When it comes to exploring the dark side of our humanity, the grim underbelly of sorrow in particular that is essentially interwoven in the very fabric of life, I cannot think of a better band than the Finnish doomsters, SWALLOW THE SUN. Ever since their 2003 debut, “The Morning Never Came,” they have provided crushing-yet-beautiful glimpses into the void that is eating us all from the inside with a more or less hearty appetite every now and then. As confusing as it may sound to someone who was not born with an acquired taste for such overindulgent Slavic melancholy, listening to the band exposit at length about our dark shadows does not, in fact, feel like wallowing deep beneath the mire – not at all. The band is a downright genius of sadness. Thus, I felt happy like a dog with two tails to attend the pre-listening session of SWALLOW THE SUN‘s upcoming album “Moonflowers” at Sonic Pump Studios in Helsinki on September 17th, 2021.
Blasting from the studio’s high-end Genelec monitors, sorrow had never sounded – or looked – so heart-wrenchingly good. Each new song on the outing comes paired with a music video, created by Dronicon Films, and the attendees had the privilege of taking an all-encompassing audiovisual sneak-peek into the new album. “Moonflowers” is the band’s eighth full-length studio offering and it is due out on November 19th, 2021, via Century Media. It comes with a bonus disc featuring stripped-down, instrumental versions of the songs, performed by the string line-up, TRIO NOX, recorded at the Medieval Church in Sipoo, Finland. The metal versions of the songs also feature prominent string arrangements, performed by this classical orchestra.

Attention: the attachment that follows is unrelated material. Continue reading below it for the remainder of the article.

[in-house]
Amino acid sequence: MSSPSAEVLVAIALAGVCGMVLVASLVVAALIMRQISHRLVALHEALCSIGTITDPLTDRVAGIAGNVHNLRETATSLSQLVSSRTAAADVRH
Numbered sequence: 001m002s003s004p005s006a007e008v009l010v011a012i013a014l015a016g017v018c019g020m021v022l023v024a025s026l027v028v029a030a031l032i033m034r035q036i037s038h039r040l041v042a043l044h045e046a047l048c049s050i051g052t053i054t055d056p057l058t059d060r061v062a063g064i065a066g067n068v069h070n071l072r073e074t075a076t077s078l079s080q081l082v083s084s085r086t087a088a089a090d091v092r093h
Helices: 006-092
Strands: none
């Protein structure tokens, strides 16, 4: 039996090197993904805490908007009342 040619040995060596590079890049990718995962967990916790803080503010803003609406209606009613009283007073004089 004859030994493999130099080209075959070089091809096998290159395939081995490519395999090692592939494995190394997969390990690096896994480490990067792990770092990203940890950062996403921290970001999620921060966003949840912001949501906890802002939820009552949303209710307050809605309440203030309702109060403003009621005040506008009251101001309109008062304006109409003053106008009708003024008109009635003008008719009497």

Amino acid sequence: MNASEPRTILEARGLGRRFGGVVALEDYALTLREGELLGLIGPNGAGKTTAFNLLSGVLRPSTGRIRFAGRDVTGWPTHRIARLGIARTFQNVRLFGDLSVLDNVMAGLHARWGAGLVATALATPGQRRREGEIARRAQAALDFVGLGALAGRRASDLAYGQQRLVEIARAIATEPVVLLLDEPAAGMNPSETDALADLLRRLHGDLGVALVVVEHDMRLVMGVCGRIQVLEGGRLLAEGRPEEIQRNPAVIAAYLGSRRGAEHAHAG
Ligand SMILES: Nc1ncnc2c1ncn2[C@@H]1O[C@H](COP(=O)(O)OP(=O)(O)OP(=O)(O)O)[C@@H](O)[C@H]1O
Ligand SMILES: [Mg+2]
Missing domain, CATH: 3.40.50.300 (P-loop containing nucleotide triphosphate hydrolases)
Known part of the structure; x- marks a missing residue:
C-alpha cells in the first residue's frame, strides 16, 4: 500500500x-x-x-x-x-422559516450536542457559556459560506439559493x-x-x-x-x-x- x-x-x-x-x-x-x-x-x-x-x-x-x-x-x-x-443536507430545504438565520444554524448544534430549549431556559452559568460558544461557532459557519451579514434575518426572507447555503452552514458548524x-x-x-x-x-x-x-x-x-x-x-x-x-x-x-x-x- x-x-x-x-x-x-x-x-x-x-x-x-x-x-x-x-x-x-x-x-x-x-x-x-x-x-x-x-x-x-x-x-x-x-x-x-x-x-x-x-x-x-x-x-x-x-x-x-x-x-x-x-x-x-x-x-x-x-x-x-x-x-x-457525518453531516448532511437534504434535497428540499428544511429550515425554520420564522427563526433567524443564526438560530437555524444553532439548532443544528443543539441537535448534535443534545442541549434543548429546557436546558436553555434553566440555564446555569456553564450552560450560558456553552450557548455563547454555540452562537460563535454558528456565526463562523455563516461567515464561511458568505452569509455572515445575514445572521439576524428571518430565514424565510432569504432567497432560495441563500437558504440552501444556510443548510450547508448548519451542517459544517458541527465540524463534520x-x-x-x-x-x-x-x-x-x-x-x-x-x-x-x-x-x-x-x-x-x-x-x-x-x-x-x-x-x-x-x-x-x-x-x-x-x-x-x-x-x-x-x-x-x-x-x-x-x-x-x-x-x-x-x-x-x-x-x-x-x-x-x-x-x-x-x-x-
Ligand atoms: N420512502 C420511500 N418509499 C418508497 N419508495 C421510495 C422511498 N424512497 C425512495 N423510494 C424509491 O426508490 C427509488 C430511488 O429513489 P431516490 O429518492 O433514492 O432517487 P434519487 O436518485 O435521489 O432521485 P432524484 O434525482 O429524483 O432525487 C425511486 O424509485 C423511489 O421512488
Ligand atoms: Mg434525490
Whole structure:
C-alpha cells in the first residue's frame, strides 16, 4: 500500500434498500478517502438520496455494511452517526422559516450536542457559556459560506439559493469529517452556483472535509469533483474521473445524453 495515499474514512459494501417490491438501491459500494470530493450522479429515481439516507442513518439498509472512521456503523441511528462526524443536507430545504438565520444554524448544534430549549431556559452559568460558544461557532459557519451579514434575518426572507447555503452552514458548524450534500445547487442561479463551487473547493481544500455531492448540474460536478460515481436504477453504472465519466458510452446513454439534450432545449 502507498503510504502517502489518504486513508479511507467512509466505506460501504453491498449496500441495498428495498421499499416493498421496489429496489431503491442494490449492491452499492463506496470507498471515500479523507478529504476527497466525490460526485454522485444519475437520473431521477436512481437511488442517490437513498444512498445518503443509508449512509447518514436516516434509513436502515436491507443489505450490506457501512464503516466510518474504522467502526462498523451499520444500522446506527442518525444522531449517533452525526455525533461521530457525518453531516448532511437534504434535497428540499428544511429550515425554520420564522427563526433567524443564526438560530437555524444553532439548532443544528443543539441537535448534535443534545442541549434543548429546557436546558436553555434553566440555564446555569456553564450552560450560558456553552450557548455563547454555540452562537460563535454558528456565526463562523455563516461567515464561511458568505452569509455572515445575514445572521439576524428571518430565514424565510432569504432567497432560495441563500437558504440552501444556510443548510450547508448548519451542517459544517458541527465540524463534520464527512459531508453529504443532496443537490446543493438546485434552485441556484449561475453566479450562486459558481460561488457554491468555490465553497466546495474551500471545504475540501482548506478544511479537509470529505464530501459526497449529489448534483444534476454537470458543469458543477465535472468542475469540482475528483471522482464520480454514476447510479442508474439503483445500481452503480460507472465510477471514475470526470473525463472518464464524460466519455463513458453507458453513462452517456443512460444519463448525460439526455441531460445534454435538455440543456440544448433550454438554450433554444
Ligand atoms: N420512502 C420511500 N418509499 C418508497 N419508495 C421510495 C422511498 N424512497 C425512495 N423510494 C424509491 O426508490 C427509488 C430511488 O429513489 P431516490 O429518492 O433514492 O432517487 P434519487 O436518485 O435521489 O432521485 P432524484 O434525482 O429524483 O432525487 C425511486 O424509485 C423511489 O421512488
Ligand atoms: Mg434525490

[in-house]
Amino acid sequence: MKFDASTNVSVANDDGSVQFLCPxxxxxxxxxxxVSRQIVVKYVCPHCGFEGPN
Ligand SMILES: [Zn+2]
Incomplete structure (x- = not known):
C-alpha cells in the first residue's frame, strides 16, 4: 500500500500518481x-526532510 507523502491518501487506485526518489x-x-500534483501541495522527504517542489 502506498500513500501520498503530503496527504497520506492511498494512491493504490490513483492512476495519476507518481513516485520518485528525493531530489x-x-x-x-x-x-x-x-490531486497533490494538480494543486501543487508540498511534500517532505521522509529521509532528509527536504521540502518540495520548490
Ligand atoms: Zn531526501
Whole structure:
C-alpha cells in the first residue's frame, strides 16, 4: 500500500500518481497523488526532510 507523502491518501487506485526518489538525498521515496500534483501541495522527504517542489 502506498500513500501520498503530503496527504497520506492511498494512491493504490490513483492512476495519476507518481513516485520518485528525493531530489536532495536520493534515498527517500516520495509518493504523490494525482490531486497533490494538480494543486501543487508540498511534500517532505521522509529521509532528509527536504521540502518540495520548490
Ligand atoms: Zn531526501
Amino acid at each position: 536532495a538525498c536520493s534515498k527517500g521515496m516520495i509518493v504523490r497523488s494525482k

Fans of gloom will be treated to a feast, again. The band’s 2015 monolith, “Songs from the North I, II & III,” comes to mind – it was an immersive triple album release brimming with haunting melancholy, crushing heaviness, and fragile beauty. The new outing is equally immersive and goes even a bit further into the heart of darkness, subtly implicating that real darkness has love for a face. The band’s grave music serves as a prism through which sadness is divided into its infinite spectrum, with each new song being a refraction of light in the dark. The release date set in November couldn’t possibly be more appropriate. This is perfect music for the lightless time of year: dark and heavy, yet strangely comforting – something to gain strength from in the depths of winter.
The somewhat titular track, “Moonflowers Bloom In Misery,” sets the slow grind of doom in motion with a delicate intro. The languid, arpeggiated guitar motif is layered with lush strings and stern, clean vocals. As Inferno’s editor-in-chief, Matti Riekki, aptly pointed out at Sonic Pump Studios during the pre-listening session, vocalist Mikko Kotamäki has become ever more convincing in terms of clean vocals with each new SWALLOW THE SUN album. Quitting smoking has evidently been a good decision: his growls sound as brutal as ever and the clean parts sound delicate to an almost other-worldly degree. The beauty of contrast is crushing, to say the very least, when the chorus kicks in with the ogre vocals and wall of distortion. The song, maybe the whole album even, practically had me at this point.